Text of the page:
We are supposed to separate the materials, i.e. remove the plastic windows from the cardboard boxes and envelopes. It’s not always easy to separate. If it is particularly hard separating materials in some packaging, I resort to discarding the item into the grey bin, as non recyclable rubbish.

Why is the onus entirely on the public to separate the materials? Why can’t the manufacturers standardise their packaging so that one package/packet has only one material?

Modern printers can print envelopes without windows so why do envelopes need plastic panels?

Boxes can be printed with pictures of their contents, doing away the need for a plastic window.

Printing on plastic is possible now, doing away with the need for a paper label.

Isn’t it time manufacturers/producers helped the consumer streamline recycling?

All these can reduce the waste going to landfill but there is a better way. There are many products that do not need packaging at all, it is there as a marketing aid with no other practical reason. Where possible, do away with packaging completely.


Lest we forget.

These hand made poppies are each added to the memorial on the anniversary of the death of the serviceman they commemorate.

Poppy day, more correctly Remembrance Day seems to cause some controversy these days. Most recently I saw that someone had said they thought it was glorifying war. What poppycock.

Maybe I should say before continuing that I was born after World War 2. Like the great majority of people today, I have no direct experience of war beyond news reports so also like them I will probably never understand it’s full horrors and sacrifices.

My father was a conscripted soldier who served in Burmah in WW2. He was not killed or injured but he never spoke of his wartime experiences to anyone I know of, in or outside our family.

I choose to wear a poppy though many will not, that is their choice. I wish they would wear a poppy. I will not run them down, argue with or insult them for not doing so. Nor do I expect someone who does not wear a poppy to lambast me for wearing one.

We live in a free country, where we can choose to wear or not the poppy, freedom fought for by the men for whom the poppy is worn. The Independent newspaper asked “when does the time come to shift the emphasis away from the past and into the present? My answer is that the poppy is the present.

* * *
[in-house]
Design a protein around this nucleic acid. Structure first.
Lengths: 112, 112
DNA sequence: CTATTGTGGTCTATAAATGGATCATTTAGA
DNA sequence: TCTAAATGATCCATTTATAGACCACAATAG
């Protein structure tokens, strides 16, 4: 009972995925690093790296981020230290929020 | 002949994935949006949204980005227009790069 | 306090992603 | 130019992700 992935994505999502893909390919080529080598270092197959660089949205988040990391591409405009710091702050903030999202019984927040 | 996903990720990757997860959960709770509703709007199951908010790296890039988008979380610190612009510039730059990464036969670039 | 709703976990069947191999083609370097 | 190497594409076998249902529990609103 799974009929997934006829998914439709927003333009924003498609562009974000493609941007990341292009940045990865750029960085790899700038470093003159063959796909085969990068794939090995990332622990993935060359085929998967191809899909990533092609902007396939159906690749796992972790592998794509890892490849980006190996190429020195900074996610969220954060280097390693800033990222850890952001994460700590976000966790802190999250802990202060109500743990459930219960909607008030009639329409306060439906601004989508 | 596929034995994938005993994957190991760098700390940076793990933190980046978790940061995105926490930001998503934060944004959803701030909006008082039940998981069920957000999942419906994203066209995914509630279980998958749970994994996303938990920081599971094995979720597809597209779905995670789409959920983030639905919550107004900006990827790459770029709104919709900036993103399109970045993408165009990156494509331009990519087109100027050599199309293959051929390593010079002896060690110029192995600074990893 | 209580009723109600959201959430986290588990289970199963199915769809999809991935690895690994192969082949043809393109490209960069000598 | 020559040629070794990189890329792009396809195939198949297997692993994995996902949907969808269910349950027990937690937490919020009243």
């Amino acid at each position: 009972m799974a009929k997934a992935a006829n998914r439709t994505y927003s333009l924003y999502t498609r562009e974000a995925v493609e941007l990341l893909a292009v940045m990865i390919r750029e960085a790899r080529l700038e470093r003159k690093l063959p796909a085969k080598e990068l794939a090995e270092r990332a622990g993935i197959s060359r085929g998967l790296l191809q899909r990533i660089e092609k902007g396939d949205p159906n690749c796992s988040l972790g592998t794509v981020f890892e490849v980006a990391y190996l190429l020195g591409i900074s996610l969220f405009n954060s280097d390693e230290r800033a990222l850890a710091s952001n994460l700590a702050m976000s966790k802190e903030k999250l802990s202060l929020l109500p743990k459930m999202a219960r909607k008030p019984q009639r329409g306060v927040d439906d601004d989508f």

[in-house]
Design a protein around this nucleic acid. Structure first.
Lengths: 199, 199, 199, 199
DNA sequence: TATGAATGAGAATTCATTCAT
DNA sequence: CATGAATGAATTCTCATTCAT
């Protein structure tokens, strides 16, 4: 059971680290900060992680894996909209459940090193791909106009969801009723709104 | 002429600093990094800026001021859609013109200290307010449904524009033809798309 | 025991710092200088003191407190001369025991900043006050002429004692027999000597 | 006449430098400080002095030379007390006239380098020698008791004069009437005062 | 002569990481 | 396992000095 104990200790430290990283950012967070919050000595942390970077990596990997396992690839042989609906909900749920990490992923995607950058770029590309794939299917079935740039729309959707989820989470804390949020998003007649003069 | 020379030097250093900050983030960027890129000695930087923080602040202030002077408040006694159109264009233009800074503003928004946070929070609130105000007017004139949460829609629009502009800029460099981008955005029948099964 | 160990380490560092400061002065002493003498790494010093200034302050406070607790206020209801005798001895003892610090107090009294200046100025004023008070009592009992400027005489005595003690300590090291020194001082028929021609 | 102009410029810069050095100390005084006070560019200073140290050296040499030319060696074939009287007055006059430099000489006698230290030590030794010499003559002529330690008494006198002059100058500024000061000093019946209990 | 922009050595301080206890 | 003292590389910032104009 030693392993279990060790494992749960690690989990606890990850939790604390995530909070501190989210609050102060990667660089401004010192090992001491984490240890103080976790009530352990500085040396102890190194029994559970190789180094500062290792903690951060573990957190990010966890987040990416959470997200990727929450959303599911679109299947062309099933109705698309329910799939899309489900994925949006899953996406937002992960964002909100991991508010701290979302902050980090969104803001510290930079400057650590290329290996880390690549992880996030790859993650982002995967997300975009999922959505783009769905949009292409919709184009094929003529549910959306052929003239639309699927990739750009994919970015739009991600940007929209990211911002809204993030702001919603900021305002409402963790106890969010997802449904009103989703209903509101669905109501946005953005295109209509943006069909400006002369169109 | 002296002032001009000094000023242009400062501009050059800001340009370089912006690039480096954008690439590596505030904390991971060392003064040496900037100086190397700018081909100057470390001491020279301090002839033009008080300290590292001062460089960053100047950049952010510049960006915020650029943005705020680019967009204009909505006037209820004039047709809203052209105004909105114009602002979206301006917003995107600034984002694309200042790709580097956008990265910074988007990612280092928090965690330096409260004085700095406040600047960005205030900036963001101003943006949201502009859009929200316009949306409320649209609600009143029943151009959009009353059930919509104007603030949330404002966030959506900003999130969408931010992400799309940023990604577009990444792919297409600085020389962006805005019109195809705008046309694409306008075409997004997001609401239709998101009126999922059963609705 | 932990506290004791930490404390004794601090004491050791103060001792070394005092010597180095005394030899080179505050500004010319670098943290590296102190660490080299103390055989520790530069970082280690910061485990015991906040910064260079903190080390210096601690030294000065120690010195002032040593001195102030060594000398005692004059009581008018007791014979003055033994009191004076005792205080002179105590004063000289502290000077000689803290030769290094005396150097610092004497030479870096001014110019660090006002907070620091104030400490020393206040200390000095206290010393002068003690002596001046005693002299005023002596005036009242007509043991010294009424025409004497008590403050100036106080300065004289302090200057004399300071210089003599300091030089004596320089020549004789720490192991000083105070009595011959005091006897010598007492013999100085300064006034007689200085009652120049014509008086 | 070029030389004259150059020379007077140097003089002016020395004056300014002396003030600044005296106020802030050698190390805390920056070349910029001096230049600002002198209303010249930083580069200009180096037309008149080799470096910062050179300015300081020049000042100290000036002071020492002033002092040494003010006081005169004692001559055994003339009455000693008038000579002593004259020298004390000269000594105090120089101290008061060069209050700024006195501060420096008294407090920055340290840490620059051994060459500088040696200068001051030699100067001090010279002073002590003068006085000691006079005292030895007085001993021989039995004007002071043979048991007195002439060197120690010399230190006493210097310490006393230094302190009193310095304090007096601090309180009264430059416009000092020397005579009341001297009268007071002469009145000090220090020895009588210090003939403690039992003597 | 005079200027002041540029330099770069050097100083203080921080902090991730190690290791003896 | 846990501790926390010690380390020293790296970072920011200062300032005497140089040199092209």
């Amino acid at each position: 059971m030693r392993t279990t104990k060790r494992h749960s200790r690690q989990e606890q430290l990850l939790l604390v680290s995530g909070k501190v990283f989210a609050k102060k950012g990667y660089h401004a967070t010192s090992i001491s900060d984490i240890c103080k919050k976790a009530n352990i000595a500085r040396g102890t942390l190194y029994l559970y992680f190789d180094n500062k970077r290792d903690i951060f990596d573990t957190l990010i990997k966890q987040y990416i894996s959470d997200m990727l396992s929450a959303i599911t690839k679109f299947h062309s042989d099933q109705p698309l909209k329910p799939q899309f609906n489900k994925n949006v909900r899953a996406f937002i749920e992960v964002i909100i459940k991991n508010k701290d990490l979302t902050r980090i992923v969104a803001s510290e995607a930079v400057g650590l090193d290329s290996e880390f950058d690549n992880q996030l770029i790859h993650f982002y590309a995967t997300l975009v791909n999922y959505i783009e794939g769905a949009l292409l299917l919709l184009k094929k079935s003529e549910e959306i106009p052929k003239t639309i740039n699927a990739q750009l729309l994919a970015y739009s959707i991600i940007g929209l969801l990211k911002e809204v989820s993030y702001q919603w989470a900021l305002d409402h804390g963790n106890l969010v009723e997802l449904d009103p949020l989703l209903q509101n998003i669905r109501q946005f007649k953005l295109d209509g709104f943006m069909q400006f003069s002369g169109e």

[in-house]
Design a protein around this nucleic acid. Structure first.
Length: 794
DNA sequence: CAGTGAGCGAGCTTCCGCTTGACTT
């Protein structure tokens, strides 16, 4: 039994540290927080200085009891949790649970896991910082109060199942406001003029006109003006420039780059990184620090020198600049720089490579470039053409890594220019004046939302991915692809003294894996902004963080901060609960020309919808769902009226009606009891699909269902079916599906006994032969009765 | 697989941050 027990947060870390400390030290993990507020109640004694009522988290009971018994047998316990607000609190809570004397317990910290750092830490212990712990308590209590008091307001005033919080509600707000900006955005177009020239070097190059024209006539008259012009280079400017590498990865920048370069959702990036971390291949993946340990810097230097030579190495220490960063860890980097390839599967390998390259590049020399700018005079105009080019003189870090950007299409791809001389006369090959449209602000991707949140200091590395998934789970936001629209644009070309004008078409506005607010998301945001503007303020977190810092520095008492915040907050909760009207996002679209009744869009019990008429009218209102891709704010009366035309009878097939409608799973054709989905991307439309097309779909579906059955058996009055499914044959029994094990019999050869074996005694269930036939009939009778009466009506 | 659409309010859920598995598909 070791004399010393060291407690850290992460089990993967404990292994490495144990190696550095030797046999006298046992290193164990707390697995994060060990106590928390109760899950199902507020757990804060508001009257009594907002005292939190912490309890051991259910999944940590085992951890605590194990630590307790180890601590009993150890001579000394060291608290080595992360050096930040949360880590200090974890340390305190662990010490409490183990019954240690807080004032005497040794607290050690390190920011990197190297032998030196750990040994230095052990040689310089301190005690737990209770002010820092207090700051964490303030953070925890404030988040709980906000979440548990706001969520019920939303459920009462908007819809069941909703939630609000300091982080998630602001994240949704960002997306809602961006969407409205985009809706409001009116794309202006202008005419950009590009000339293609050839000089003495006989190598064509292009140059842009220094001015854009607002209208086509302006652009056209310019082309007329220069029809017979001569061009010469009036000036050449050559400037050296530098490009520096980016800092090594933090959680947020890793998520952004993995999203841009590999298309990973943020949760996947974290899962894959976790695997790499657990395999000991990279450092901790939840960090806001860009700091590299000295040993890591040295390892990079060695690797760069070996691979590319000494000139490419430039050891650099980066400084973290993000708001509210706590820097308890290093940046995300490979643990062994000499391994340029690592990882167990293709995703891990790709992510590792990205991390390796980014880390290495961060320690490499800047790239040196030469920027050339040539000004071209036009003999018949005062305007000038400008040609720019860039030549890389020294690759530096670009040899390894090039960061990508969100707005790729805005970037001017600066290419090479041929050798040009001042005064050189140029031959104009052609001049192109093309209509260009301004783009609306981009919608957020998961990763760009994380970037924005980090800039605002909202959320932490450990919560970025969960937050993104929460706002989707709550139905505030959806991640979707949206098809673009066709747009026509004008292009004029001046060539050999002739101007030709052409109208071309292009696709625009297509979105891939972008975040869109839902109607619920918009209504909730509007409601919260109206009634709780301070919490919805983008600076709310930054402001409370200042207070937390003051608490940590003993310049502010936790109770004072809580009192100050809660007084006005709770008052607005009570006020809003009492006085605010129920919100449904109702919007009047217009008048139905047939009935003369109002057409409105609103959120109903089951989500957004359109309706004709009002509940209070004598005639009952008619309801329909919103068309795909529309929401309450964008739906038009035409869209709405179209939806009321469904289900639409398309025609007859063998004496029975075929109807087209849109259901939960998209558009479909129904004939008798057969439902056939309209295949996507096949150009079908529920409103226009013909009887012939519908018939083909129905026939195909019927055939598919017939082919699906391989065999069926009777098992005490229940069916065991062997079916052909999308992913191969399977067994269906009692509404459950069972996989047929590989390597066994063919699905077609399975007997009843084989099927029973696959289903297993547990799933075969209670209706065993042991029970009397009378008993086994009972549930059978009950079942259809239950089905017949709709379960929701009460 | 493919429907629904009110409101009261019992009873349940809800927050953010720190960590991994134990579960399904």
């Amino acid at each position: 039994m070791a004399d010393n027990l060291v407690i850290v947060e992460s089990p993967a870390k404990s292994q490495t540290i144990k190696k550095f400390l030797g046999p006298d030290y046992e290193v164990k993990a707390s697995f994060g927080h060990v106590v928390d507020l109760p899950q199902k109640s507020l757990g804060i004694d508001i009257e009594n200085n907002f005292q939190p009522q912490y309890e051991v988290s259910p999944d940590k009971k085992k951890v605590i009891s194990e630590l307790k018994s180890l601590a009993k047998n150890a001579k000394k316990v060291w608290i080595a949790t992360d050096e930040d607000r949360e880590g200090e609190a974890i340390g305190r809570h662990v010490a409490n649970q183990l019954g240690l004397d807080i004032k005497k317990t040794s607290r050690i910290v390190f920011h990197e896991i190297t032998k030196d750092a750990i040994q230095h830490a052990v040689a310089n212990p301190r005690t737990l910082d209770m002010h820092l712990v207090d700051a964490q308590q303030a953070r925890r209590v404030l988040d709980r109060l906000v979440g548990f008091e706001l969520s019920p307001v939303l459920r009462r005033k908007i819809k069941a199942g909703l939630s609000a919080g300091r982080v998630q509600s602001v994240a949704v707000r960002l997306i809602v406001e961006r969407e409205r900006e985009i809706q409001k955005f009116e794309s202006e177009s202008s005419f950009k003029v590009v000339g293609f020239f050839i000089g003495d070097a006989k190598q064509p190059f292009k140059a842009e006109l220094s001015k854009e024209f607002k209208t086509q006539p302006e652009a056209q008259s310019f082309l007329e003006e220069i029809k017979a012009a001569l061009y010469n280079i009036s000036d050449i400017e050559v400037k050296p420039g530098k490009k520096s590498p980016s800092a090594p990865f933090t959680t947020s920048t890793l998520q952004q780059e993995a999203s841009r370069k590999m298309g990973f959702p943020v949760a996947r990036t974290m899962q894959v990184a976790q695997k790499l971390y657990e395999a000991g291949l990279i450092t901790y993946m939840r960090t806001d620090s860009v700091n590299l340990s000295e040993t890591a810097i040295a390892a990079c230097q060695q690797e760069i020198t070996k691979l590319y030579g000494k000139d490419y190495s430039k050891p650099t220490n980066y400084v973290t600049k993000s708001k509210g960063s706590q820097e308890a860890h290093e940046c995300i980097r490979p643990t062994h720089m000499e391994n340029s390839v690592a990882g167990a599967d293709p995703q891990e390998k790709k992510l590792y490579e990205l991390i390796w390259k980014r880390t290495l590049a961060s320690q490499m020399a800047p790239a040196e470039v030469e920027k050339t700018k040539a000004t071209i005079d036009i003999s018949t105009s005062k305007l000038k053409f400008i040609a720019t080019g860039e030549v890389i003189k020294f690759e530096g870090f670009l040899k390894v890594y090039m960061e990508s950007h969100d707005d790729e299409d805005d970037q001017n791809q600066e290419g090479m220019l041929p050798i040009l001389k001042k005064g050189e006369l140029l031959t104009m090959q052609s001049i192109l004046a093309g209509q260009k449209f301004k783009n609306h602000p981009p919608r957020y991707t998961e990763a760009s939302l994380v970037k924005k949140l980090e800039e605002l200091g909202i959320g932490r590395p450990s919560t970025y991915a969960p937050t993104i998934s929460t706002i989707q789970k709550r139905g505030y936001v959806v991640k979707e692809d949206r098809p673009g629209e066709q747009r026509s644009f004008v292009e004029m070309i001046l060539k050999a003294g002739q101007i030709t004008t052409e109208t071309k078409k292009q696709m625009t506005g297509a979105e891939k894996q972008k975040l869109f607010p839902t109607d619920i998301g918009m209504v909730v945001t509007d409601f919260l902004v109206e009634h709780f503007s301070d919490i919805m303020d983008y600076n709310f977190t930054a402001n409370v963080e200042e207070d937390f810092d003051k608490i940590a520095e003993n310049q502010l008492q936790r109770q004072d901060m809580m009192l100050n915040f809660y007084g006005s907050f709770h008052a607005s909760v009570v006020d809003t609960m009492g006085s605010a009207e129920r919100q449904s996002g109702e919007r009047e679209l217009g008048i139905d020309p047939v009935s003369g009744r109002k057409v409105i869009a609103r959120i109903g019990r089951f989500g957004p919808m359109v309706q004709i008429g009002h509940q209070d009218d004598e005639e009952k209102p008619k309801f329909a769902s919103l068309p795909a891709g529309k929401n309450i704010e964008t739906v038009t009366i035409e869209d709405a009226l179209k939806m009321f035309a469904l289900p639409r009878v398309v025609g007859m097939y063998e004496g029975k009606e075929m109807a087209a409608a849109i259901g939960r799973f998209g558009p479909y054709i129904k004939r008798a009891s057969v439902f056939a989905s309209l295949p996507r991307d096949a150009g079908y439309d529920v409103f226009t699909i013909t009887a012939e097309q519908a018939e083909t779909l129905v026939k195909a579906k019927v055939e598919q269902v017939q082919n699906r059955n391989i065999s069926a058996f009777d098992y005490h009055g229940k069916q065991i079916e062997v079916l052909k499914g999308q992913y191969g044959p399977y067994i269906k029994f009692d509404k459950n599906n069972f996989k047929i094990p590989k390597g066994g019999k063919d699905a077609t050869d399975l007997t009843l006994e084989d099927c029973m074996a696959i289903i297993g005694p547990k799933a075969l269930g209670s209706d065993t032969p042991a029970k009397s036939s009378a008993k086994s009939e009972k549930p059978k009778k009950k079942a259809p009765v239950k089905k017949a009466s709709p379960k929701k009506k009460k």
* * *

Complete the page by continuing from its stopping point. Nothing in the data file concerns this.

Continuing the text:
What kind of country would we be living in if we had lost those terrible wars? We almost certainly would not have the freedom we enjoy now. We are not just remembering the dead. We are remembering what they did for us, why they gave their lives to give us a free country to be proud of. Suppose Hitler had won the war. Imagine the kind of regime  we could be living under now.

They shall grow not old, as we that are left grow old:
Age shall not weary them, nor the years condemn.
At the going down of the sun and in the morning
We will remember them.

From Laurence Binyon’s poem, For The Fallen. These lines form the fourth verse, though apparently they were the first to be written.

No Passion For Fashion

Even if it’s green, it’s not eco. friendly.

As I write, it’s London Fashion Week, which is a misnomer as it only runs from 21st to 24th September. It’s when designers and fashion houses show off, er, I mean showcase their latest clothing designs. Designs that will make a lot of money for the designers, some money for the manufacturers and some for the cheap-jack makers of copies.

What the new designs almost certainly won’t do is be kind to the environment. The fashion industry relies on making people discontent with what they are wearing, so that they can be sold something else.

It doesn’t matter that most of today’s clothes are still perfectly wearable, there is a drive to sell the consumer something else. The latest, completely unnecessary, fashion to suck in the gullible who are too afraid to resist peer pressure, to wear what they want instead of what they are persuaded they want. Fashion seems to me to bea parasitic industry, preying on insecurity in people trying to ‘fit in’, instead of having individuality.

No matter what the industry may say, fashion is consumption and it is not eco-friendly. Even if it is using re-cycled material, it is likely to be unnecessary recycling of useable clothing. Remember that while the material might be reusable, energy is still used in the recycling process.

To be eco friendly the cycle should be reduce, re-use, recycle. I suspect the fashion industry, when it does make a token effort at being green, jumps direct to the recycle option. It never reduces, that would hit profits and it doesn’t want us to reuse, when we can spend money buying something else.

A New Heaven And a New Earth

Are they one and the same?

In The Bible’s book of Genesis, humankind are given “dominion” over the plantet upon which we live. At the end of The Bible, in Revelation, we are told of “a new heaven and a new earth”, which are also the final words of the book Unveiling a Parallel. which I reviewed here, that inspired this post.